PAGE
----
As measles outbreak grows in non-vaccinated population, Washington declares state of emergency
Washington state has declared a state of emergency as a measles outbreak spreads in two counties.
NPR reports that as of Monday the Washington Department of Health found 36 known and 11 suspected cases. The growing number alarmed Governor Jay Inslee so much so that he announced the state of emergency.
On Friday, Gov. Jay Inslee said, “The measles virus is a highly contagious infectious disease that can be fatal in small children, and the existence of 26 confirmed cases in the state of Washington creates an extreme public health risk that may quickly spread to other counties.”
The Clark County Public Health department investigated the measles outbreak and concluded that 31 of the confirmed cases were not immunized. The county still has yet to investigate the other cases. One confirmed adult case was found in King County, but the man recovered. He admits to traveling to Clark County, where many officials suspect he was infected.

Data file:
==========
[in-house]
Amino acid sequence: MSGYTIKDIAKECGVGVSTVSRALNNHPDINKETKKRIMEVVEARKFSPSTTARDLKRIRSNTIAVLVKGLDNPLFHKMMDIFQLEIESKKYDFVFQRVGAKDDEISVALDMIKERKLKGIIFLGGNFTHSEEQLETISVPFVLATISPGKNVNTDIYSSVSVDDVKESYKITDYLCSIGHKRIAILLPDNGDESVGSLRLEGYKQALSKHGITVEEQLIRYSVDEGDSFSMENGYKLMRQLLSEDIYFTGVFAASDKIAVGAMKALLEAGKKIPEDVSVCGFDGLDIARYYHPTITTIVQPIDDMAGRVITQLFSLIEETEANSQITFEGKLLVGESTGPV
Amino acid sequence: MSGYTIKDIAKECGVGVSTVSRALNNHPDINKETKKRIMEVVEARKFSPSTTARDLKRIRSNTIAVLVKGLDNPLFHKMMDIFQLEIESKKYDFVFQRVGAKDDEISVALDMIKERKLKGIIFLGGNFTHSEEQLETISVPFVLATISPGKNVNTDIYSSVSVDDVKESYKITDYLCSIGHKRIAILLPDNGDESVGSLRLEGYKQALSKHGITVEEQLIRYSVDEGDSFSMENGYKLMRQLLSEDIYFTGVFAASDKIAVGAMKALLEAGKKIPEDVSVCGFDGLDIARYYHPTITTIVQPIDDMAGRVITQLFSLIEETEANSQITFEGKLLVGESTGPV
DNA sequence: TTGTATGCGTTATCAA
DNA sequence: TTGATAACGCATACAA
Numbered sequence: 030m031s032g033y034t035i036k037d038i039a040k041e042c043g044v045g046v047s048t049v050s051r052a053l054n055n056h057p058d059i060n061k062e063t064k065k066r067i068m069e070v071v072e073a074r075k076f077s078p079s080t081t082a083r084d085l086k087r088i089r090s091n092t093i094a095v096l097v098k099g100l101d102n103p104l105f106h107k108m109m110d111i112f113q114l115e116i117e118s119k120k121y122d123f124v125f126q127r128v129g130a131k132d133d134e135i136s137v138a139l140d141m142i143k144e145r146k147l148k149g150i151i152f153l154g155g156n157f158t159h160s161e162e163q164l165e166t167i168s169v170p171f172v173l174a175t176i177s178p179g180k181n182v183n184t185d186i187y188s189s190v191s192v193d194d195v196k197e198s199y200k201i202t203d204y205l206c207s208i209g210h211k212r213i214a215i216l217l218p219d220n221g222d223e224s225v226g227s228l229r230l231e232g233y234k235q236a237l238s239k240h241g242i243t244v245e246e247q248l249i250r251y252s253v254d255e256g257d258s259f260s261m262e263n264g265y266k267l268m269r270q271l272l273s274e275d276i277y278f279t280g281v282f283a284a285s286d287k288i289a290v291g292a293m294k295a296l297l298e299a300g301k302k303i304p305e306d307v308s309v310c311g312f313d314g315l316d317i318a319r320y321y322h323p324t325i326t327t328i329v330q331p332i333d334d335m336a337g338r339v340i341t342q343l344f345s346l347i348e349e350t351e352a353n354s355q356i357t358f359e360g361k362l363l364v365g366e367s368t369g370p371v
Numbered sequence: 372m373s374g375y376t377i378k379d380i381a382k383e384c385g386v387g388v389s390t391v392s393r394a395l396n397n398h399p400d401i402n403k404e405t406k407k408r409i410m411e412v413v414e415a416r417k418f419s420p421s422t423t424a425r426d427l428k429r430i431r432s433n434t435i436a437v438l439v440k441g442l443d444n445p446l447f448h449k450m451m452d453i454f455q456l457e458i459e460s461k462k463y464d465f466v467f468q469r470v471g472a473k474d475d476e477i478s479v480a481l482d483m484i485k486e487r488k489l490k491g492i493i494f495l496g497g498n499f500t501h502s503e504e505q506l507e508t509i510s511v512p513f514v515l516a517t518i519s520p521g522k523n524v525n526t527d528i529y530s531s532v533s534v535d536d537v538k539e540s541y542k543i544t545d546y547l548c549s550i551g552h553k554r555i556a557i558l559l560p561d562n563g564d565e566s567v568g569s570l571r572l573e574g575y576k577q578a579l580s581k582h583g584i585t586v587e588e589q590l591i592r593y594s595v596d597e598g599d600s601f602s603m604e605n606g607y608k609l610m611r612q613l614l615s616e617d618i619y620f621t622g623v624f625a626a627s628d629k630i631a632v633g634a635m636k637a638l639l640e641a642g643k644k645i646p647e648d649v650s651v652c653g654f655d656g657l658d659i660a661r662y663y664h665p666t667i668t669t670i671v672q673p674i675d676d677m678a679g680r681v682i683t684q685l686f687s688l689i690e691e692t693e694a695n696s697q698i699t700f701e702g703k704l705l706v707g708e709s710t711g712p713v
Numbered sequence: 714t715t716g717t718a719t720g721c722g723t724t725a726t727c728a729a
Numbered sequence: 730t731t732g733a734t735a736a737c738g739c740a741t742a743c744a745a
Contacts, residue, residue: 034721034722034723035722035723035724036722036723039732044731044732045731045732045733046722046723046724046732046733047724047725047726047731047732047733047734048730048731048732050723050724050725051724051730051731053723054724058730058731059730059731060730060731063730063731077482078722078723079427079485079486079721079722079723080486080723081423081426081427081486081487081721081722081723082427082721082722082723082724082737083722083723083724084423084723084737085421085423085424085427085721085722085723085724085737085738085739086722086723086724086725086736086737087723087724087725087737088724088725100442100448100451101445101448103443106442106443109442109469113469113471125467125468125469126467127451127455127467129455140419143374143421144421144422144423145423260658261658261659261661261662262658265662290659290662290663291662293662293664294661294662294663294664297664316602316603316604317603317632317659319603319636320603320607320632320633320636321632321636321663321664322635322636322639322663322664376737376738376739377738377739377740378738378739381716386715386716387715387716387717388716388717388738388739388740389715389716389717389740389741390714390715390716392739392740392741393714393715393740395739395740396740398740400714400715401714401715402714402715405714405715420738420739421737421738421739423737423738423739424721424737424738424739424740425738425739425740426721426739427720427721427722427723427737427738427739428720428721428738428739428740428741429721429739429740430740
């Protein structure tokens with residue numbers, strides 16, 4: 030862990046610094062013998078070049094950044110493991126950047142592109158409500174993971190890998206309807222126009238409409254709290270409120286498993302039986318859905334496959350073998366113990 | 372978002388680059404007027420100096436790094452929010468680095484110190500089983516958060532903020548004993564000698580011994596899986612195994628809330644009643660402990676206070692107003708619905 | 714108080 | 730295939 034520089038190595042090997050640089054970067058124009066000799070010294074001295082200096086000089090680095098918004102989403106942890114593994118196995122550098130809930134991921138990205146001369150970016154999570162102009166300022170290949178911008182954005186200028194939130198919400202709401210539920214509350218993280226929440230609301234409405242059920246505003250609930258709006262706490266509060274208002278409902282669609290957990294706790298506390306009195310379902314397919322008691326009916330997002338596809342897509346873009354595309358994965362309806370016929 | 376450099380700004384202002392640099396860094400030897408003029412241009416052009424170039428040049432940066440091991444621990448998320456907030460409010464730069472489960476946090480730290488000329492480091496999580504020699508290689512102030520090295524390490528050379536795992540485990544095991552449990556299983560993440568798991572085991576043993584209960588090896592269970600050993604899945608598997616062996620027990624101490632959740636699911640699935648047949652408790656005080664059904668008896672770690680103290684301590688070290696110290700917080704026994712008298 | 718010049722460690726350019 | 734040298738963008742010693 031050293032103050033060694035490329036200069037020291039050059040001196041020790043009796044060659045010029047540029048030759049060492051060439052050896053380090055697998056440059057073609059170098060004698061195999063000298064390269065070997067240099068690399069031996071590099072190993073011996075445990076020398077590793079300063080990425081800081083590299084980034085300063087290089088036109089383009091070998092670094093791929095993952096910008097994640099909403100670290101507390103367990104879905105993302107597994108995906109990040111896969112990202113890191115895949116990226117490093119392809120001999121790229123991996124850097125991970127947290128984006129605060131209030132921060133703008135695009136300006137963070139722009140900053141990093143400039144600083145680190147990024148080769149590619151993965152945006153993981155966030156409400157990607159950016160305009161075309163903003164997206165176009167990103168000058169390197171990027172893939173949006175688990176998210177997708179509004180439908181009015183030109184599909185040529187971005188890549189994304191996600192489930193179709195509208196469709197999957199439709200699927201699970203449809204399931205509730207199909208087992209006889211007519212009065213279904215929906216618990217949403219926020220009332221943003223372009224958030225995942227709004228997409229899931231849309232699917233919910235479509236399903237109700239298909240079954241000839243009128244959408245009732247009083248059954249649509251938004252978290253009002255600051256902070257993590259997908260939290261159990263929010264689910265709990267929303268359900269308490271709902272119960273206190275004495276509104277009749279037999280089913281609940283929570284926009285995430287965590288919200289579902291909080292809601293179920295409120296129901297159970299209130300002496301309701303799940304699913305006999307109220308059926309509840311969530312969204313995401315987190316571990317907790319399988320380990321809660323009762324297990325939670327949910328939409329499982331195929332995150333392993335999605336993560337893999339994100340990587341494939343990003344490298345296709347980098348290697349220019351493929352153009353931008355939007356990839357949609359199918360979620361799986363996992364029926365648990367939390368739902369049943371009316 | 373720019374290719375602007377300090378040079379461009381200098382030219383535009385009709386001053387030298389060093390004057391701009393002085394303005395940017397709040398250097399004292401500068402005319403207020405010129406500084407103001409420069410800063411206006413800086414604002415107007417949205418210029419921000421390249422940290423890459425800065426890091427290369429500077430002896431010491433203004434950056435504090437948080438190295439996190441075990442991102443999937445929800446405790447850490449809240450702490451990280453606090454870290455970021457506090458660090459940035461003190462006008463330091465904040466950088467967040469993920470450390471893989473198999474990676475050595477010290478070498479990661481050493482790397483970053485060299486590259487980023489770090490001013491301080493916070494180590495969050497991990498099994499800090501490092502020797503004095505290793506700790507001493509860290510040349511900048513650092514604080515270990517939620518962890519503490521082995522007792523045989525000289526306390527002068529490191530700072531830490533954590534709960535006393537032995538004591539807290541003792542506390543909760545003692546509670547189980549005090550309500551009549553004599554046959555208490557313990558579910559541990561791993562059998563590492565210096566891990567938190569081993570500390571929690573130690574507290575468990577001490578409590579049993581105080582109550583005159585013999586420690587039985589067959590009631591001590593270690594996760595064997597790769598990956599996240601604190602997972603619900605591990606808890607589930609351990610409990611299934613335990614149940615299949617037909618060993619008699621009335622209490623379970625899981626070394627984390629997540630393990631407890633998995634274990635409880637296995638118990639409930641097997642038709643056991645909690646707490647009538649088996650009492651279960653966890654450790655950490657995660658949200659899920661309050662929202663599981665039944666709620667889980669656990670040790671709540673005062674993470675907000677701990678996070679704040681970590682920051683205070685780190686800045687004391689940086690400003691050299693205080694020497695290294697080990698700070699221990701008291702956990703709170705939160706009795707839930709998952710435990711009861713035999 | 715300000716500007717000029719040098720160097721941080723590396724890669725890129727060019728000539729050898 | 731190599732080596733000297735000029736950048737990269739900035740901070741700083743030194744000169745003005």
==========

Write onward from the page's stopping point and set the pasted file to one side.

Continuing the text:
Measles is particularly dangerous to individuals who have compromised immune system, and epidemiologist Scott Lindquist told NPR many of these infected patients traveled outside the country to very public places. “Folks that are immuno-compromised — pregnant women, young kids and those that are unvaccinated — could be at risk for this disease,” Lindquist said. The symptoms don’t appear until after a couple of days.
At least 25 of the cases are infected children under the age of 10 years old. In 2017, the country had 120 reported cases. This number tripled to 349 cases in 2018.
The Centers for Disease Control and Prevention considered measles eliminated in the U.S. in the 2000s, and state laws allowing parents to override mandated vaccinations quickly followed.
Washington is one state that gives parents the ability to reject any school mandated vaccination for measles, mumps and rubella for their children for non-medical reasons.